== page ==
LEGO® and Philosophy: Constructing Reality Brick By Brick, First Edition. Edited by Roy T. Cook and Sondra Bacharach.

© 2017 John Wiley & Sons Ltd. Published 2017 by John Wiley & Sons Ltd.

debates (e.g., the Greenpeace LEGO/Shell video, LEGO Farm) invite us to ask hard questions about this particular toy company—questions that we might not ask of Mattel or Hasbro. But why is that? What makes LEGO so special?

The simple reason is that LEGO, unlike Mattel or Hasbro, doesn’t actually make toys. Strictly speaking, LEGO isn’t a toy. We can make toys with LEGO, either by following the steps in the little instruction books, or by constructing our own original creations. And, lots of us do. But, we can make virtually anything with LEGO—not just toys. These little plastic bricks are more like a building material or medium, and probably have as much or more in common with bricks and paint than they have with most of the items in the toy aisle at the local megamart.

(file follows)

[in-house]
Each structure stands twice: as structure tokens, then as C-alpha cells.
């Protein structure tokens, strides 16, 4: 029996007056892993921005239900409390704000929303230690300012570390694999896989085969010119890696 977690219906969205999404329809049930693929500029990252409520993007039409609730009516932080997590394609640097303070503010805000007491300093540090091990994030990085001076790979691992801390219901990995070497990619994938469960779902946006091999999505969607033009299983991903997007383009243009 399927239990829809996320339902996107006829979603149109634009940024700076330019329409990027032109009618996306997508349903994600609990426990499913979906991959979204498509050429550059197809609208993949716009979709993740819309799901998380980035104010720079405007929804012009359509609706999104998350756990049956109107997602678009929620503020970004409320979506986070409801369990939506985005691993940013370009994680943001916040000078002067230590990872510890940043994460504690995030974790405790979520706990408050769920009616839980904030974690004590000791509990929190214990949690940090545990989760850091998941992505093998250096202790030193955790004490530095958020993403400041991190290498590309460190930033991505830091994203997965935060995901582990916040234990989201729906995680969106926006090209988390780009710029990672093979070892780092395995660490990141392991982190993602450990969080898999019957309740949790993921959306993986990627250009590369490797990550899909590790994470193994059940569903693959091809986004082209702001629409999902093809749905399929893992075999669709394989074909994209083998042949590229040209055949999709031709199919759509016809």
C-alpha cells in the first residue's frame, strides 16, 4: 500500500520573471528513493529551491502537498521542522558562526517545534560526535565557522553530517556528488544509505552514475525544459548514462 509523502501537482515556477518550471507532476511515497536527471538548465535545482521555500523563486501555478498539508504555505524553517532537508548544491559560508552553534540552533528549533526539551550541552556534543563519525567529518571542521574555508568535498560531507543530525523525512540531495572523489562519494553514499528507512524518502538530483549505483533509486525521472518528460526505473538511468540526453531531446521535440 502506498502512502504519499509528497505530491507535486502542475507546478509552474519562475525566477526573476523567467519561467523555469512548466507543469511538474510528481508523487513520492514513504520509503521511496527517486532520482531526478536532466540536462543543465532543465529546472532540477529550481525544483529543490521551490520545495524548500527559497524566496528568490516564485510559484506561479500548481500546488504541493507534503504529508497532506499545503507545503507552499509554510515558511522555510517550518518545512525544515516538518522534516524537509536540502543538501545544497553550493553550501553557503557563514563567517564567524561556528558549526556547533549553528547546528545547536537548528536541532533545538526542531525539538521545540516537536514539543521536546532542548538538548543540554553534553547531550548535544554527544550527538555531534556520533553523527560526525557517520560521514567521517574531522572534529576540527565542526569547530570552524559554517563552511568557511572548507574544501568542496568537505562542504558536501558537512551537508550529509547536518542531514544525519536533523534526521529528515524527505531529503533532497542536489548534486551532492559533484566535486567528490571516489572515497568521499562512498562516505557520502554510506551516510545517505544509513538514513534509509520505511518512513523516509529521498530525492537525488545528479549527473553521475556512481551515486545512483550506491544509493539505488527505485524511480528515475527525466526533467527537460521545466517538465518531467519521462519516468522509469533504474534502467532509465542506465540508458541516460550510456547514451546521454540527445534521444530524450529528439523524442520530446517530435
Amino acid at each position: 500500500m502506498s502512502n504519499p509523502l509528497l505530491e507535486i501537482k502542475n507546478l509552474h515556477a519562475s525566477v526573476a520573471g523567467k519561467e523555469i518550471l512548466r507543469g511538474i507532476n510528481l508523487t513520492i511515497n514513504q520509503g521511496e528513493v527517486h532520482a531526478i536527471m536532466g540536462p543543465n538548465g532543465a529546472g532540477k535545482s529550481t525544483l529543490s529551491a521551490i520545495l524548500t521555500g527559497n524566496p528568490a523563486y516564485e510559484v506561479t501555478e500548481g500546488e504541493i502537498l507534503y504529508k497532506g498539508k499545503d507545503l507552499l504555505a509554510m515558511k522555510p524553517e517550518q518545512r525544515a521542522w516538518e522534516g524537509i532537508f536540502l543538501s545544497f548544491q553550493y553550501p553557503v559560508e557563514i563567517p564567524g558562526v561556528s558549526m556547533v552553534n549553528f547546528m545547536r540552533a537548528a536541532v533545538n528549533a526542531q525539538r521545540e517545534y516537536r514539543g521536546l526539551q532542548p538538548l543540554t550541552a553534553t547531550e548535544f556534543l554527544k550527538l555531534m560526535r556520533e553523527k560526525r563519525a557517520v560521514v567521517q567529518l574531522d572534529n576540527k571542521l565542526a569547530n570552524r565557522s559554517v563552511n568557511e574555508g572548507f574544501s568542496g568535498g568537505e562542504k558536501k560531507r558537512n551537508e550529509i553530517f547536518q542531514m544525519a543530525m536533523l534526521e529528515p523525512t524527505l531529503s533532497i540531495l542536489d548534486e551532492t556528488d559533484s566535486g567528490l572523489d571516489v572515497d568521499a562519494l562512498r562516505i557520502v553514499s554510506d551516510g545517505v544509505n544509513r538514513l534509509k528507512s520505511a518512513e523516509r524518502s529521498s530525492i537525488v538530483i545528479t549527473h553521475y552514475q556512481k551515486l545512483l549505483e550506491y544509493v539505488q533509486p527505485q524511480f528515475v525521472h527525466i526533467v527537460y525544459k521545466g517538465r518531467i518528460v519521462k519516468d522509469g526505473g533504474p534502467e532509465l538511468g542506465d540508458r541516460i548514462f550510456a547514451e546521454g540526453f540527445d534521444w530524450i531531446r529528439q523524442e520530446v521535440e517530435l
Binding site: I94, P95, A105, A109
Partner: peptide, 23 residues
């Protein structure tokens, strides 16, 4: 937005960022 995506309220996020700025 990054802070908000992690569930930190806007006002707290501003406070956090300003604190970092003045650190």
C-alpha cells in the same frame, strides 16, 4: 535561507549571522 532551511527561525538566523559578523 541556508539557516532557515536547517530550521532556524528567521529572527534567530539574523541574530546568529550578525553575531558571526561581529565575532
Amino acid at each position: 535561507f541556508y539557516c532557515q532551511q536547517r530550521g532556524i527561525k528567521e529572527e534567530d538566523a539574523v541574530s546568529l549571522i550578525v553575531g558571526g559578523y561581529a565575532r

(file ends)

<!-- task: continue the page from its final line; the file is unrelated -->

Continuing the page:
Indeed, lots of people treat LEGO as a building material, constructing practical artifacts like desks, pinball machines, and even full-sized houses out of these little bits of ABS plastic. LEGO is special in part because it’s a building tool—one that opens up a new world of possibility for the builder. And as soon as we appreciate that LEGO is a tool for making things, we can see how it gives rise to a whole new way of appreciating these brightly colored little bricks. For tools can be used to make toys; and tools can be used to make tables; but tools can also be used to make art. Suddenly the domain of LEGO covers not only what is in our ordinary, quotidian world, but also encompasses the world of art—a world that ends only at the limits of our imagination.